Every now and then I like to take a jab at PNC bank for having a needlessly complicated rewards program, but no more! KeyBank Rewards is the new champion of lousy rewards programs. This one requires extensive work with a spreadsheet.
If you take a look at the rewards language on Keybank’s website, you see this:
- Earn 1 reward point for every $6 spent in signature debit net purchases and PIN/POS net purchases.
- Earn 1 reward point for every $1 spent in KeyBank Platinum MasterCard Credit Card purchases**
- Earn 5 reward points for every $1 spent in Key2More Rewards MasterCard Credit Card purchases**
I know that debit card rewards are weaker than credit card rewards, but something is out of whack when the standard credit card reward is 30 times that of the debit card. That’s just weird, KeyBank, and you ought to be ashamed of yourself.
So just looking at that, we know that either debit cards are worthless from a rewards standpoint or that the KeyBank credit card is the greatest deal in the history of credit cards. How do we find out?
Let’s have a look at the KeyBank Rewards Guide! Maybe we can find clarity and guidance there:
..or maybe not. That’s only part of it the guide, by the way–there’s more. The guide actually makes things more confusing: 10 points per dollar for the Private Bank credit card? A 60X rewards gap between debit and credit? A birthday bonuses? ATM deposit bonuses? Intriguing! But confusing! How rewarding is all of this anyway?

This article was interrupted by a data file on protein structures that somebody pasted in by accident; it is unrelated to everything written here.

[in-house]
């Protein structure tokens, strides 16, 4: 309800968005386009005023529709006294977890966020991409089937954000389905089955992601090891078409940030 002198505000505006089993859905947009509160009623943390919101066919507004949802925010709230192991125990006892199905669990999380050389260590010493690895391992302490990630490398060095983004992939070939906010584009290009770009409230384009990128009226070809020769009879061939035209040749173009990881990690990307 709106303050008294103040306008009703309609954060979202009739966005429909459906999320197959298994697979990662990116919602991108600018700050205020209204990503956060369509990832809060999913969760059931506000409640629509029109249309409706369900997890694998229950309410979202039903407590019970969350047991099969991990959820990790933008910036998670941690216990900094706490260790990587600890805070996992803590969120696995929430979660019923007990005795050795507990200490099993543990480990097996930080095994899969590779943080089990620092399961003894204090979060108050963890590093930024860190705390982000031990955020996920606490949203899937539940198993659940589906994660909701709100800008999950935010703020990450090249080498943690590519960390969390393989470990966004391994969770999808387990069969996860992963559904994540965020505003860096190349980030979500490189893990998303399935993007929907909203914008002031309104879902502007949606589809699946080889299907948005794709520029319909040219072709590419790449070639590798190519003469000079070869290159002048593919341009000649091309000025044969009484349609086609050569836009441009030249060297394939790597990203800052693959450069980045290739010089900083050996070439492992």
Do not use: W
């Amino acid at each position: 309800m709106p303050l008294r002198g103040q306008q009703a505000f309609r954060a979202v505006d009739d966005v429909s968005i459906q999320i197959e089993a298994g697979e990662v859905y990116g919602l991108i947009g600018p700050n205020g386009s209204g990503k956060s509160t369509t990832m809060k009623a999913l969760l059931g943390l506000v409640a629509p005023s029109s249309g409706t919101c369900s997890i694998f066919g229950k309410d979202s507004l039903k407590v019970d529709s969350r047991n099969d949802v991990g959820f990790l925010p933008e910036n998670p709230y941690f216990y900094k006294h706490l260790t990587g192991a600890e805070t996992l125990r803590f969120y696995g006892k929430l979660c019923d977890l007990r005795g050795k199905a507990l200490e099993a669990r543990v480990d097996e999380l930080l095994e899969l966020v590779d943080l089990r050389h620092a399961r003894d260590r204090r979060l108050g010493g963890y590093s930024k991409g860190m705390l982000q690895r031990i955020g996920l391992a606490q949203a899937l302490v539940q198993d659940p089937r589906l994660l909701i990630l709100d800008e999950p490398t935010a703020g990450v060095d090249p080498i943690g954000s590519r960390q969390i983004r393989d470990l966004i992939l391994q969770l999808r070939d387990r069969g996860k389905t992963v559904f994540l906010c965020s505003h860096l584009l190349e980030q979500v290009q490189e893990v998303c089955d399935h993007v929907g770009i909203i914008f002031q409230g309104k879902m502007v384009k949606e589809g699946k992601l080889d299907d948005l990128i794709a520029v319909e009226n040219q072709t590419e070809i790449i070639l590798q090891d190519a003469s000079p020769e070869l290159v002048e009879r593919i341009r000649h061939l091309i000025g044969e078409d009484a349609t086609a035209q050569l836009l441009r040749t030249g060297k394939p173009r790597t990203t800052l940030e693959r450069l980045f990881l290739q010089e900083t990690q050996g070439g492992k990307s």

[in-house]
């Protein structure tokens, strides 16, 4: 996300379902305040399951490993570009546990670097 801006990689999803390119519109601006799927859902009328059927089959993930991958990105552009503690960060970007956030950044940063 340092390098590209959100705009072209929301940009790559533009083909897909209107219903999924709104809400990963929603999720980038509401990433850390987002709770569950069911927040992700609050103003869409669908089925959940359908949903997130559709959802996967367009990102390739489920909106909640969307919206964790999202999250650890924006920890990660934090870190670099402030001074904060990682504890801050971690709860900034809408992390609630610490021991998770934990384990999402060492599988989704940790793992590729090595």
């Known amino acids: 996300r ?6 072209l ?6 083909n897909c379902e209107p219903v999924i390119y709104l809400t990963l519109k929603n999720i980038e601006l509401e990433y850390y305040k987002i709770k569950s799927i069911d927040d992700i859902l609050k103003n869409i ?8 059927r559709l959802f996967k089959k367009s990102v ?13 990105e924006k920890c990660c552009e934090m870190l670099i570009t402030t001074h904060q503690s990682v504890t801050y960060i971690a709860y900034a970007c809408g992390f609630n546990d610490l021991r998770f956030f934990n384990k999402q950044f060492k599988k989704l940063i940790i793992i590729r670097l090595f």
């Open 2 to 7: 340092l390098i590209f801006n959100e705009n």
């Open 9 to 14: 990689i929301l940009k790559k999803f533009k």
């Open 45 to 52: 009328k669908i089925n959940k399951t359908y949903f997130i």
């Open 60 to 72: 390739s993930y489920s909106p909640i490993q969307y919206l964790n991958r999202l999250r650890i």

Let’s try the KeyBank Rewards site itself. If you browse their rewards catalog itself, you can see how much it takes to redeem for certain items. Looking at the Target gift cards, we see the following denominations and redemption amounts (I’ve added in the value per point):
I haven’t had calculus or pre-calc or whatever it is they teach limits in for twenty years or so, so pardon me if my math is sloppy.
Anyway: let’s re-do that KeyBank rewards guide page with a value of one fifth of a cent per point. How does it look now?
So if you’re willing to put up with KeyBank’s program for some reason (for example, if you’re a KeyBank executive’s mother and you don’t want him to feel bad), you can get a whopping 1% back on your credit card purchases. (Or 2% if you’re wealthy enough for their Private Bank). And if you’re willing to jump through a lot of hoops, you can get $20/month back from the incentives on their deposit accounts. It’s probably not worth your time, unless you’re very clever and/or efficient.